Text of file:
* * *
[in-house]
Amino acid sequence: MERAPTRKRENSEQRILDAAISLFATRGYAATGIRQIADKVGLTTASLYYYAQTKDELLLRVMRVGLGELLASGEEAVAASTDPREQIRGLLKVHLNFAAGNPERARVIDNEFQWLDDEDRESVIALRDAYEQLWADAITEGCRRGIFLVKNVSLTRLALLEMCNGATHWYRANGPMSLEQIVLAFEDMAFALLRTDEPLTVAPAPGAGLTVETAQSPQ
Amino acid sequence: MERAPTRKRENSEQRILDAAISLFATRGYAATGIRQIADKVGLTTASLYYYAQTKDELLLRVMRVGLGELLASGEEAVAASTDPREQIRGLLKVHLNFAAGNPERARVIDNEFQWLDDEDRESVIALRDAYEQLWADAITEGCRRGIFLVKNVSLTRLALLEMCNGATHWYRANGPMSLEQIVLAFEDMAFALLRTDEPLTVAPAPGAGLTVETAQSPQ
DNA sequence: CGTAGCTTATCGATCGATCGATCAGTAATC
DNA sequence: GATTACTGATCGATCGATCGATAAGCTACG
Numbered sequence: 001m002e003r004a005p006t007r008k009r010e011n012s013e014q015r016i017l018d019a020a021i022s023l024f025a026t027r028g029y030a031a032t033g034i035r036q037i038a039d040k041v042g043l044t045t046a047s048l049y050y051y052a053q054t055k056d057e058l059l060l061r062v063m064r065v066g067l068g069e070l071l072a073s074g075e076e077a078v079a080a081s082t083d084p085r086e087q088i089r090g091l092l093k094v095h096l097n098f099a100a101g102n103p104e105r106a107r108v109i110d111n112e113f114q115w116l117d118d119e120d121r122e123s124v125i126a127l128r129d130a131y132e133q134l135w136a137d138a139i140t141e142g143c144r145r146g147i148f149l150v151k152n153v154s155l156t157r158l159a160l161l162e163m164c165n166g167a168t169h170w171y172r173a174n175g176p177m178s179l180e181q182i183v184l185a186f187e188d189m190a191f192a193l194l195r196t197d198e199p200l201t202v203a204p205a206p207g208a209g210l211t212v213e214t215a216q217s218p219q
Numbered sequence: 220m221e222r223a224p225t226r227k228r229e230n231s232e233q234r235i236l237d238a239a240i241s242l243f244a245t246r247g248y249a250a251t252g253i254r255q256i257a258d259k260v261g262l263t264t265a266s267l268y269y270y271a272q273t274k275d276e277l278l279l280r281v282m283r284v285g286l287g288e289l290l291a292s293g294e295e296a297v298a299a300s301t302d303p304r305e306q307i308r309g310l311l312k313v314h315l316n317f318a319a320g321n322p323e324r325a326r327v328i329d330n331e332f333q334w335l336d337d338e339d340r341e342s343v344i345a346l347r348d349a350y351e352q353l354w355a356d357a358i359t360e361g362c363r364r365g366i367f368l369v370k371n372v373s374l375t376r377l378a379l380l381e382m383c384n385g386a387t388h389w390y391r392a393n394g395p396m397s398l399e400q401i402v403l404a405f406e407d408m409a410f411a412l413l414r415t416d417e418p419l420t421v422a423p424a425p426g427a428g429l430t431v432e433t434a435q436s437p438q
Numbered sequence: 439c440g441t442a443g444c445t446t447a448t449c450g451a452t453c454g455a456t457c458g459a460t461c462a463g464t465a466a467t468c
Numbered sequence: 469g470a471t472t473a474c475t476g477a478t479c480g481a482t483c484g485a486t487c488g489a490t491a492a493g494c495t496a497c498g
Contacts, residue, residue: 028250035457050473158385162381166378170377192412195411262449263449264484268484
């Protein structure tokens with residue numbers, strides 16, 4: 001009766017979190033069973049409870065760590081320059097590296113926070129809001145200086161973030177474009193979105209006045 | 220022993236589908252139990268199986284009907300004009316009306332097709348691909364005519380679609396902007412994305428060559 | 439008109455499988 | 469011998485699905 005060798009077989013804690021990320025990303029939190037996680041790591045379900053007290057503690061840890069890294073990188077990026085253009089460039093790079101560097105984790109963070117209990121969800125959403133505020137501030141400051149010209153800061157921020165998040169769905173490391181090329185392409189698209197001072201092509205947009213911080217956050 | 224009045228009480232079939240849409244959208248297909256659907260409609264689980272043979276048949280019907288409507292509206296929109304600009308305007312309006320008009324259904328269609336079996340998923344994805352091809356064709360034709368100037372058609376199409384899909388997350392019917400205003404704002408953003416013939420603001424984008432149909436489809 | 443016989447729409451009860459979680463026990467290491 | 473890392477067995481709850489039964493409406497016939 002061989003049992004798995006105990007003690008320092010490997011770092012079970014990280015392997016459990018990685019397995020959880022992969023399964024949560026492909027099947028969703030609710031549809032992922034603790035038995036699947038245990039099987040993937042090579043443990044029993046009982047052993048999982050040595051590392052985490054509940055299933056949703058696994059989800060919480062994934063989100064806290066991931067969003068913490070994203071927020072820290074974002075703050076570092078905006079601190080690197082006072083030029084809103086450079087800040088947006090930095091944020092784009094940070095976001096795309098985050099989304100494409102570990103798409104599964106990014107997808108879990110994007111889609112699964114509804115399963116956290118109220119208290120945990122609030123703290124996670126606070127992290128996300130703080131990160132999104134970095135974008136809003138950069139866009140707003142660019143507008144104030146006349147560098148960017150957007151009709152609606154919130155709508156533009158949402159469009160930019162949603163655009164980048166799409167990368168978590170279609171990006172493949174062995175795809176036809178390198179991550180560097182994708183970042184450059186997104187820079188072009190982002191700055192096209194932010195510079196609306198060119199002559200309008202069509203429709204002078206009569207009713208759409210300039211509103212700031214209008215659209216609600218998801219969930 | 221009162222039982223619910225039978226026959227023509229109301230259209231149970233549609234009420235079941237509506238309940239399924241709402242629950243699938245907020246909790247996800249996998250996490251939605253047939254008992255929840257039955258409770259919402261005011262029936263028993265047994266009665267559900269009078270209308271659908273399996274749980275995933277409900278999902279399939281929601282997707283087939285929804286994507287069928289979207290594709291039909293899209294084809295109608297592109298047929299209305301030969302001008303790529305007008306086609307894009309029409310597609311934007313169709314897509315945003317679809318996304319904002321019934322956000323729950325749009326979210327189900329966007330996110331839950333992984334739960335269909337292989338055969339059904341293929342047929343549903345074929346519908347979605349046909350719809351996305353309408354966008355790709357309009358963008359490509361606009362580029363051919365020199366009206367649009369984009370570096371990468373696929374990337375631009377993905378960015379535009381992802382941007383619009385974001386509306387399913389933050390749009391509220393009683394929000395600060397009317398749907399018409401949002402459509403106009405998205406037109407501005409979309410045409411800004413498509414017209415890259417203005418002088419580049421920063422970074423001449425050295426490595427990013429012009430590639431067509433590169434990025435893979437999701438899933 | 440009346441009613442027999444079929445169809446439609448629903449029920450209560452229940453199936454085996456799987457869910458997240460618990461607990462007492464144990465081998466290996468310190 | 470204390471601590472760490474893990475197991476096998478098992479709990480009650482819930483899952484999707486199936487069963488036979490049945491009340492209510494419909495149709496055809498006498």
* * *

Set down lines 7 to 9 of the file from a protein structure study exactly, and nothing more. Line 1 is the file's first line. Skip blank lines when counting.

Numbered sequence: 220m221e222r223a224p225t226r227k228r229e230n231s232e233q234r235i236l237d238a239a240i241s242l243f244a245t246r247g248y249a250a251t252g253i254r255q256i257a258d259k260v261g262l263t264t265a266s267l268y269y270y271a272q273t274k275d276e277l278l279l280r281v282m283r284v285g286l287g288e289l290l291a292s293g294e295e296a297v298a299a300s301t302d303p304r305e306q307i308r309g310l311l312k313v314h315l316n317f318a319a320g321n322p323e324r325a326r327v328i329d330n331e332f333q334w335l336d337d338e339d340r341e342s343v344i345a346l347r348d349a350y351e352q353l354w355a356d357a358i359t360e361g362c363r364r365g366i367f368l369v370k371n372v373s374l375t376r377l378a379l380l381e382m383c384n385g386a387t388h389w390y391r392a393n394g395p396m397s398l399e400q401i402v403l404a405f406e407d408m409a410f411a412l413l414r415t416d417e418p419l420t421v422a423p424a425p426g427a428g429l430t431v432e433t434a435q436s437p438q
Numbered sequence: 439c440g441t442a443g444c445t446t447a448t449c450g451a452t453c454g455a456t457c458g459a460t461c462a463g464t465a466a467t468c
Numbered sequence: 469g470a471t472t473a474c475t476g477a478t479c480g481a482t483c484g485a486t487c488g489a490t491a492a493g494c495t496a497c498g